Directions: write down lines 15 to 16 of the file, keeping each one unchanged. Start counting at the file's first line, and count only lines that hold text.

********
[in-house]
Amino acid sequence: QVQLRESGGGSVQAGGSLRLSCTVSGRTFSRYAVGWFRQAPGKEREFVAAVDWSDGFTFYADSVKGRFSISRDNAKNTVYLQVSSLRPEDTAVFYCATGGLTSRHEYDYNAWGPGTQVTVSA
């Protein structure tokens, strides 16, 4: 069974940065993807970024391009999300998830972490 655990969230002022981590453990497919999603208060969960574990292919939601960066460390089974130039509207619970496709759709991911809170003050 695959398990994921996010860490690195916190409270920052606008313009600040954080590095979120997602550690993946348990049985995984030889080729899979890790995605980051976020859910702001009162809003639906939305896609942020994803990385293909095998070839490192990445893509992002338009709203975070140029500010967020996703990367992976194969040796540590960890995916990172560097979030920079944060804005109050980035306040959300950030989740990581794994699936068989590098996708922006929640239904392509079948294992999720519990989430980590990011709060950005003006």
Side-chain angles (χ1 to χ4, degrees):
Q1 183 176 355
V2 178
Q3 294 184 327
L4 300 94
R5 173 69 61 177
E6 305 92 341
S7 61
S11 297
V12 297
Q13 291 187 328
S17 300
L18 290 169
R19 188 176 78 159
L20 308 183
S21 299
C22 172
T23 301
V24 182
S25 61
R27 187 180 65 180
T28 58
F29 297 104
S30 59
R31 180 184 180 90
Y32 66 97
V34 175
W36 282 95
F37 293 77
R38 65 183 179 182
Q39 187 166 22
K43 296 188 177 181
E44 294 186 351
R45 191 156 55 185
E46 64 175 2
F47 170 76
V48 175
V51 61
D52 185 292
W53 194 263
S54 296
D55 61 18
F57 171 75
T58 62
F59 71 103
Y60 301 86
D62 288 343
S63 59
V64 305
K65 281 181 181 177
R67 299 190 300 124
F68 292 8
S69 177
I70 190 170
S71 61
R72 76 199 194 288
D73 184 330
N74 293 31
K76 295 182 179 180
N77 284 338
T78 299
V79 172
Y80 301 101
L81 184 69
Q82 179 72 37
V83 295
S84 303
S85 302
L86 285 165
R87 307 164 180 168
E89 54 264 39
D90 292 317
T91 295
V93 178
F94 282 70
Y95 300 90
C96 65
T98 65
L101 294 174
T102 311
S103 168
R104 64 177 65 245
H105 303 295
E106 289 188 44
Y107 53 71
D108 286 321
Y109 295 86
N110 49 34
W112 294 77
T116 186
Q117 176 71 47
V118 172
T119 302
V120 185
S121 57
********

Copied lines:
S17 300
L18 290 169